Workers at La-Z-Boy Neosho won't be getting their annual pay raises this month as expected, but if they work real hard they may get a few extra dollars later on.
That was the message in the letter sent to company employees.
I'm sure they will be glad to hear that the policy doesn't apply to everyone under the La-Z-Boy umbrella. While workers in Neosho do not receive a cost-of-living increase, company CEO Kurt Darrow will have no trouble making ends meet.
According to the company's proxy report, filed July 2, 2004, with the federal Securities and Exchange Commission, Darrow will receive the following compensation: $491,321 in salary, $209,425 in bonus, and $76,806 in other compensation (not defined), for a total of close to $800,000.
The proxy report indicates that Darrow's salary could have been much higher. The company's Compensation Committee had set up Darrow's plan where he could have made 120 percent of his salary if he had met his goals, which would have increased his salary to more than $1 million.
Darrow wasn't the only CEO being paid a large amount by La-Z-Boy during the 2004 fiscal year, according to the proxy report.
While La-Z-Boy Neosho workers are continuing to work for the same amount and a vague hope of a few extra dollars somewhere along the line when unspecified goals are met, former CEO Gerald Kiser will receive approximately a 425,000 of a severance and consulting agreement with the company. Kiser was given a $100,000 lump sum payment when he "retired", then under his agreement with the company was to receive $500,000 in 20 installment payments. He will also continue to receive health benefits and life insurance for two years. He will also continue to be reimbursed for his office, phone and financial service expenses for one year, according to the proxy report.
In addition to Darrow and Kiser, other La-Z-Boy executives who pulled down more than a half a million dollars last year, the report said, included Patrick Norton, chairman of the board, $686,934; Rodney E. England, senior vice president, $519,700: and John Case, senior vice president, $585,200.
Undoubtedly, the problems facing La-Z-Boy management that caused it to withhold salary increases for Neosho workers are great, but Darrow's statements in the company's annual report indicate it is nothing he can't handle.
Fortunately, La-Z-Boy Neosho doesn't fall into this category, but he had no qualms with the methods used to bring the company's casegoods section into line. "Although we are encouraged by the progress being made in improving our casegoods volume, we continue to work through a challenging time as we transition our business model from primarily a domestic manufacturer to being an importer, marketer and distributor of casegoods."
As long as he can find workers in China to improve the bottom line, Kurt Darrow has a strong chance of receiving that 120 percent of salary bonus. And, of course, that is the kind of thinking that is rewarded by the stockholders.
The time has come for Governor Matt Blunt to show us these wonderful business plans submitted by former State Representative Bubs Hohulin and the others who have been selected to operate driver's license fee offices in Missouri.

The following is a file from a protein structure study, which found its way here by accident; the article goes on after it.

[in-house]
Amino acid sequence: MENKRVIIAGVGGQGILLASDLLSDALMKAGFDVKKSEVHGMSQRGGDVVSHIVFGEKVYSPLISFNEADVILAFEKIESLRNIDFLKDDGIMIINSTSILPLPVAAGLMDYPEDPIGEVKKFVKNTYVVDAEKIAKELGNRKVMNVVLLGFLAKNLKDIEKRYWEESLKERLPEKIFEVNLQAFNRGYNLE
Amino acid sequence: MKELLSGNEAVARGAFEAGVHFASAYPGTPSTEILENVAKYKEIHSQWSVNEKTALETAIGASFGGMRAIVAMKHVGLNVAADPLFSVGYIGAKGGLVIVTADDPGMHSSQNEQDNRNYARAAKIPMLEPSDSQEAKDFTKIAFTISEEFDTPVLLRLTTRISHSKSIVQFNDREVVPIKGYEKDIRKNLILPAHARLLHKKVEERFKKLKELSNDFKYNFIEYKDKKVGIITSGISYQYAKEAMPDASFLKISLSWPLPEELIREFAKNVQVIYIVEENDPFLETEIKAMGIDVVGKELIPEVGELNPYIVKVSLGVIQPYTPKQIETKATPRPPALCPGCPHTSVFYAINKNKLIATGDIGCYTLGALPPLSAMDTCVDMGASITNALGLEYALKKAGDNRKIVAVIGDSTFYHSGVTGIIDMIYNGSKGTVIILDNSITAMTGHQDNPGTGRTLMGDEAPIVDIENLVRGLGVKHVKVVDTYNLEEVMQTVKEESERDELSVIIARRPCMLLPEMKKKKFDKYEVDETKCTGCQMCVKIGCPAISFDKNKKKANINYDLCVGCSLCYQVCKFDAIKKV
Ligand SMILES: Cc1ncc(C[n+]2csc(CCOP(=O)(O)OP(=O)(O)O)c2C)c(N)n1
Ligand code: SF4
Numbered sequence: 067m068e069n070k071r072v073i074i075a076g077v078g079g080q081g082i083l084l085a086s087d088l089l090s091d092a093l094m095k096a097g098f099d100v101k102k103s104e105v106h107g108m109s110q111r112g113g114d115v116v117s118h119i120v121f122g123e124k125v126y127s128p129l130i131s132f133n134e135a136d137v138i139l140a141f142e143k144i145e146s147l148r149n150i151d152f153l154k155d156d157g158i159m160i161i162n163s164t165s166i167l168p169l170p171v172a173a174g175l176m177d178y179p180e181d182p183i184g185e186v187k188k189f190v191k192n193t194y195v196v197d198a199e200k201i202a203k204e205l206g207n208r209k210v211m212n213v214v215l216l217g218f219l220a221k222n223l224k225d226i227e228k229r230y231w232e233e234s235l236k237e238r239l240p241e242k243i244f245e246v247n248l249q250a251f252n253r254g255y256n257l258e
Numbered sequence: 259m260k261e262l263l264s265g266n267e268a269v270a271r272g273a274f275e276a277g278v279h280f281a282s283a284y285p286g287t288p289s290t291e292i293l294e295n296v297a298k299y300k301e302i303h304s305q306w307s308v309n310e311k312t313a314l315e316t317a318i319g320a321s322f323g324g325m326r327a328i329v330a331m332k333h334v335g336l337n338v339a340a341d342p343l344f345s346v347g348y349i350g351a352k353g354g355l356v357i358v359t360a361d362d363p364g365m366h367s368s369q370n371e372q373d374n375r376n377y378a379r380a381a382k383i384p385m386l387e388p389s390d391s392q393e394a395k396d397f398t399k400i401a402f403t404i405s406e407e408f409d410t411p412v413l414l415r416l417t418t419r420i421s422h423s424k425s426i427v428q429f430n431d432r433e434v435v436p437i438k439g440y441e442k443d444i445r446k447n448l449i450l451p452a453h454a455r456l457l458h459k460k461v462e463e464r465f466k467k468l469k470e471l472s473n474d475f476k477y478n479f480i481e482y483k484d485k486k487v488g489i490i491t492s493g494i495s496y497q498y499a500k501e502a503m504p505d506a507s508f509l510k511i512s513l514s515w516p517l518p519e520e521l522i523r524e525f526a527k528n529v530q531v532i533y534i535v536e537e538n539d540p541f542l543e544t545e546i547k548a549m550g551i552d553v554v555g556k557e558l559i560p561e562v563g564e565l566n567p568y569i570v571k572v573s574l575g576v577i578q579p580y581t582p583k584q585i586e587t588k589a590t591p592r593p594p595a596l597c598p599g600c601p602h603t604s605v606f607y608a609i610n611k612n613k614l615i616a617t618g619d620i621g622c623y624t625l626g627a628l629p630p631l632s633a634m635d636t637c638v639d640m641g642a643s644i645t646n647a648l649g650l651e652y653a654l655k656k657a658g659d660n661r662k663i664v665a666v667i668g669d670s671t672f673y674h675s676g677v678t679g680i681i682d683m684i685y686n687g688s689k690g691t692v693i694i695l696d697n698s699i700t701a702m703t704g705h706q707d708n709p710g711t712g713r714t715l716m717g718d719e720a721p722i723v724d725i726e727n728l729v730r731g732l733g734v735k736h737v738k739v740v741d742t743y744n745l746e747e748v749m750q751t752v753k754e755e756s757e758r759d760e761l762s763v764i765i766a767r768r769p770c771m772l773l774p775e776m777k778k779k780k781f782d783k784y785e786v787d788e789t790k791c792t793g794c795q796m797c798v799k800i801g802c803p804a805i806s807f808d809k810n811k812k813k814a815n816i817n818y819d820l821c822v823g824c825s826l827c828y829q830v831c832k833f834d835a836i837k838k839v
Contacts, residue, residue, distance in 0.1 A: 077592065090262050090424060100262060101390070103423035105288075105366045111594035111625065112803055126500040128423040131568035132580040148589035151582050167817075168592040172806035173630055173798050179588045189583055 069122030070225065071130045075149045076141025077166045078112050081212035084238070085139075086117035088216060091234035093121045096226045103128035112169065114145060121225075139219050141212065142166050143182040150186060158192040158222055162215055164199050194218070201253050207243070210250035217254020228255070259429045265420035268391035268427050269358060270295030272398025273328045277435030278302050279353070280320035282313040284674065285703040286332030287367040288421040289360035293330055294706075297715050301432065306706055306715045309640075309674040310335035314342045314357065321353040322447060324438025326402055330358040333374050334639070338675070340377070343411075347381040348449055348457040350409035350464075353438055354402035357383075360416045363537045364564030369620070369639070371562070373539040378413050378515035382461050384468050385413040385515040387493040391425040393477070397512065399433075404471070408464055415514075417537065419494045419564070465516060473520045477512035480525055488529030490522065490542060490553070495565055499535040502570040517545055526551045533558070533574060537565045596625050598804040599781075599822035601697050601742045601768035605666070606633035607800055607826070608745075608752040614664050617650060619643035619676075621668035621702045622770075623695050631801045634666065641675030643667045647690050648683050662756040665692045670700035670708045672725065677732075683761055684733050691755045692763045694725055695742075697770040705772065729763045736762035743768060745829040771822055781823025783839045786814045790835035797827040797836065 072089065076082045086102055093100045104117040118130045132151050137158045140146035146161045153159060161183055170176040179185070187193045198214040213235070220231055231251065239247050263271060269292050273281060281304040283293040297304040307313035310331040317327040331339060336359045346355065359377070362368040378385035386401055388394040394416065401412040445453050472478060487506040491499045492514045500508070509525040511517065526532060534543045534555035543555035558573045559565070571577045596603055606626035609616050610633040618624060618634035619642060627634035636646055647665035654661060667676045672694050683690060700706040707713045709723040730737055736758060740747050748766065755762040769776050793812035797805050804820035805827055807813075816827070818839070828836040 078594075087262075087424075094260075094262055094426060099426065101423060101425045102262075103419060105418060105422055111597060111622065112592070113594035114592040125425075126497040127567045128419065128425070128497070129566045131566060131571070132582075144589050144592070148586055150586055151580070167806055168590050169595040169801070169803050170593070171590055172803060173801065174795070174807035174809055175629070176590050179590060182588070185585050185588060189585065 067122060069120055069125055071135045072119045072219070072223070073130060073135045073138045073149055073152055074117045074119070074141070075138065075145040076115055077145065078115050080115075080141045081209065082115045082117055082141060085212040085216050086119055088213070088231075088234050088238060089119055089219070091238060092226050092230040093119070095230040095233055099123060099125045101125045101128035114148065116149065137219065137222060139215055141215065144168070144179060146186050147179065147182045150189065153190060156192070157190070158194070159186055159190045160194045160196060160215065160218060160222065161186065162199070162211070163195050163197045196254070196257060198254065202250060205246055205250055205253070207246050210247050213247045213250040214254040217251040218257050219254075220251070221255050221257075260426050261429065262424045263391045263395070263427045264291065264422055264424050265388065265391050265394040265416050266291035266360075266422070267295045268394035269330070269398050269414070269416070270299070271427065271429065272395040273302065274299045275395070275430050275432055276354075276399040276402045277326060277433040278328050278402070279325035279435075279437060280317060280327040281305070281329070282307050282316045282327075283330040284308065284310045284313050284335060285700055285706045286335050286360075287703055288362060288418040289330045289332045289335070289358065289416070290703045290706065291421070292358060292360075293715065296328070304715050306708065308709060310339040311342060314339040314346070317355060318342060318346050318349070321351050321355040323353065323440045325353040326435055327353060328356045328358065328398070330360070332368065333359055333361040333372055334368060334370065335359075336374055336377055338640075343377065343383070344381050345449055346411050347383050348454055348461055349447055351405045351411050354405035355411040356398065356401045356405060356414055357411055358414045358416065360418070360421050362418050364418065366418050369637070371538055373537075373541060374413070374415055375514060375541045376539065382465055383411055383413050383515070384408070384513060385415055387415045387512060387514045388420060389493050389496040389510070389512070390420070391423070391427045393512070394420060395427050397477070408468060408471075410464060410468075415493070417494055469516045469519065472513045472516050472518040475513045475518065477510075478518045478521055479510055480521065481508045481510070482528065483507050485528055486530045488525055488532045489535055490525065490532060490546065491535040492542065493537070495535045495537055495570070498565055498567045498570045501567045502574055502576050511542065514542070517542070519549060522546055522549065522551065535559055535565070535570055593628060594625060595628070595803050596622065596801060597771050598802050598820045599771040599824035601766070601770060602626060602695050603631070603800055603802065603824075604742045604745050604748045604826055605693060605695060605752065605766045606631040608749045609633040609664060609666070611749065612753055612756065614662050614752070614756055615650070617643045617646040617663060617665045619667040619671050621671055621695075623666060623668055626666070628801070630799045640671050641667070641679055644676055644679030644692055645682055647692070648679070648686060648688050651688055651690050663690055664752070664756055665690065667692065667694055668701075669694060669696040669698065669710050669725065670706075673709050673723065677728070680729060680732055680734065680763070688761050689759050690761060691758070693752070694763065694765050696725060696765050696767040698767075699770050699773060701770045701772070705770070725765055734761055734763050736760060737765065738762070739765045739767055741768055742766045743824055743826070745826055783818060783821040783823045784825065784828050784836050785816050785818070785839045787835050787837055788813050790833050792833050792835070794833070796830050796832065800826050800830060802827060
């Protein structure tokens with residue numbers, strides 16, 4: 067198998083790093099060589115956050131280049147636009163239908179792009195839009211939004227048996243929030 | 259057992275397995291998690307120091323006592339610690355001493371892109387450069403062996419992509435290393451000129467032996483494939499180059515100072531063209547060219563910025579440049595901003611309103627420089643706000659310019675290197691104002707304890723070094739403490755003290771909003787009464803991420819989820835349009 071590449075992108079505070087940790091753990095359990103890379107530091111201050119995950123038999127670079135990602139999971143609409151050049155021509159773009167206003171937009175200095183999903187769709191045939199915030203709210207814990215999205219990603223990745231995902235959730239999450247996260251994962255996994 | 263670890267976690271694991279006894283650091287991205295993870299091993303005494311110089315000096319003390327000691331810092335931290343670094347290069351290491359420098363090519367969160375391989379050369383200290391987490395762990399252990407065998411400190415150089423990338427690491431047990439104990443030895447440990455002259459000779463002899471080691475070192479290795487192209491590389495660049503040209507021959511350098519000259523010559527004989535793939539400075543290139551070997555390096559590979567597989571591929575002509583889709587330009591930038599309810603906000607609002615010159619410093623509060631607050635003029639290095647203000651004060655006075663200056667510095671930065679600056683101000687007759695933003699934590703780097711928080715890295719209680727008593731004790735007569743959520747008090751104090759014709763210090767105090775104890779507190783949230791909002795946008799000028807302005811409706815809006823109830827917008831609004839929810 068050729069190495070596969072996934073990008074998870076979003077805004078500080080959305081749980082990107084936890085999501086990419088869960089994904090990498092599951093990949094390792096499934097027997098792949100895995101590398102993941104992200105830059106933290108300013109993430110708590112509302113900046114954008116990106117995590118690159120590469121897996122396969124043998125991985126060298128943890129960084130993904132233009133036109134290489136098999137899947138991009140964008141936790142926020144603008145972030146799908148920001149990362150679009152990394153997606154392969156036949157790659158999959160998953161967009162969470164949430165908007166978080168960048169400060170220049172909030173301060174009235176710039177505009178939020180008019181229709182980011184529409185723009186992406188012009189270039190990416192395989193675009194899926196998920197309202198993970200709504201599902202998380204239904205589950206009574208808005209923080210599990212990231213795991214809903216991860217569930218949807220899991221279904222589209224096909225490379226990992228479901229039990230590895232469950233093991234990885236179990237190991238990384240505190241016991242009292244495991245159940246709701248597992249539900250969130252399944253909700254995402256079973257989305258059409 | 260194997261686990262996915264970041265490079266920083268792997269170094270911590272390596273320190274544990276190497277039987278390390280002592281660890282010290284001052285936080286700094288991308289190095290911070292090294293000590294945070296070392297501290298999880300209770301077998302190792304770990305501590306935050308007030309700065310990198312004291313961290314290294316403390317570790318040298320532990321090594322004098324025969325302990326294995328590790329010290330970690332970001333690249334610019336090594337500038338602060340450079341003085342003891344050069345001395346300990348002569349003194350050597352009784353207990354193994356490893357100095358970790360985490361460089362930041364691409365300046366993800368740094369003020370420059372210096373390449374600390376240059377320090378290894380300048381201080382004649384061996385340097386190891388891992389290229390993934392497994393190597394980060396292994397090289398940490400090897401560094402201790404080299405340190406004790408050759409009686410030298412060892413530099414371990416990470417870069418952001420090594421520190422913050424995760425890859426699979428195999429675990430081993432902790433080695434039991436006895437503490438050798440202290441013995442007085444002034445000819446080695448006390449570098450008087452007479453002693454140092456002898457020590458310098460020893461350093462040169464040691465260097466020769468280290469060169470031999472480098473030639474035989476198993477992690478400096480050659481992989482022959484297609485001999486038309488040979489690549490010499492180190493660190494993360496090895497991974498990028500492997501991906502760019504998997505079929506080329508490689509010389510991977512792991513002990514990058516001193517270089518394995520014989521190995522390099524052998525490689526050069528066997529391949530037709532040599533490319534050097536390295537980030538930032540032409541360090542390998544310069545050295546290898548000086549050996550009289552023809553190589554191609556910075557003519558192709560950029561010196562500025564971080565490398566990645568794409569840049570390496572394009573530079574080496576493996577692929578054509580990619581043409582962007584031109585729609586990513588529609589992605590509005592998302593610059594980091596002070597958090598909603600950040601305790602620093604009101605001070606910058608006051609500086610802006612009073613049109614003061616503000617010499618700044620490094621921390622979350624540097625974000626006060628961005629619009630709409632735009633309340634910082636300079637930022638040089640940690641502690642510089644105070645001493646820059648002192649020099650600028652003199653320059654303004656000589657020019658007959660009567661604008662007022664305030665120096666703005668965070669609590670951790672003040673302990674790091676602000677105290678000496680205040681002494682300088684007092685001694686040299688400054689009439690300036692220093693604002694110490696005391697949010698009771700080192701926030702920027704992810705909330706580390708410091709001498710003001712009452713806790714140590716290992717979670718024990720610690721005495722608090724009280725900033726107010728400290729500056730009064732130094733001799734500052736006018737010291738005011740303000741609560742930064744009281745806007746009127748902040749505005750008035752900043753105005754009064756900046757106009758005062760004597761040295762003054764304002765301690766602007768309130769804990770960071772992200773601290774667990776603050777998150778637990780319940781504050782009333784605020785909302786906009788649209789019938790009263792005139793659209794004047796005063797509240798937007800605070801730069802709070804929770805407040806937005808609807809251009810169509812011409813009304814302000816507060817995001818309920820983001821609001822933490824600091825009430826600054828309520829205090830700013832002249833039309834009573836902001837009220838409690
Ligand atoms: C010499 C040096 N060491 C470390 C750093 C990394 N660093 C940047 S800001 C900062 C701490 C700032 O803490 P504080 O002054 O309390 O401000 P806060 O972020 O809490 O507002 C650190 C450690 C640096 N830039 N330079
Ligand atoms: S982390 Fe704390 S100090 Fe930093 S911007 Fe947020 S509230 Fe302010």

I am tired of hearing that this is all right because the Democrats did it, too. If Blunt had come out and said he was awarding some lucrative business opportunities to his buddies, no one would have been happy, but it probably would have been accepted.
Instead, the governor bragged about these wonderful business plans and how steps would be taken to improve the offices' services to Missourians. Imagine how many more wonderful business plans could have been submitted if the governor had opened up the process to people other than his former House buddies like Hohulin or anyone related to or otherwise close to U. S. Attorney Todd Graves or his brother U. S. Rep. Sam Graves.
Let's see these business reports and let's make absolutely sure the date they were submitted is authenticated.
Barton County Republicans did not want Bubs Hohulin to be in charge of the county's license office, I am told. They had other suggestions, including people who had actually run successful businesses in the past. Blunt's people were told that, but they said they already had their man selected.
Election advertising helped Nexstar Broadcasting, owner of KSNF and de facto owner of KODE, to a fourth quarter profit, the company announced Friday.
The company earned $741,000 or three cents a share during the fourth quarter of 2004, compared to a loss of $24.4 million in 2003.
But first quarter revenue will be lower, Nexstar officials said, dropping from $54.2 million last year to somewhere between $51.5 and $52.5 million this year.
Matt Blunt's appointments of cronies to operate license bureaus includes one who has had his license taken away from him in the past for drunk driving.
The Feb. 27 St. Louis Post-Dispatch said former State Representative Tom Burcham, R-Farmington, who like Hohulin served in the House with Governor Blunt, was forced out of a reelection race in 2002 after two arrests for drunk driving.
"Governor Matt Blunt is giving the former lawmaker another chance," the Post-Dispatch article said. "Burcham, who has lost his driving privileges in the past, will run a state Department of Revenue fee office. The office issues driver's licenses and license plates, process applications for titles and collects sales taxes on new vehicles and boats. The appointment of Burcham and others to some of the 171 fee offices that are independently run has some Democratic critics complaining about political back-scratching. Many of the often-lucrative offices have been awarded to Blunt's campaign contributors, friends of the Republican Party, or both."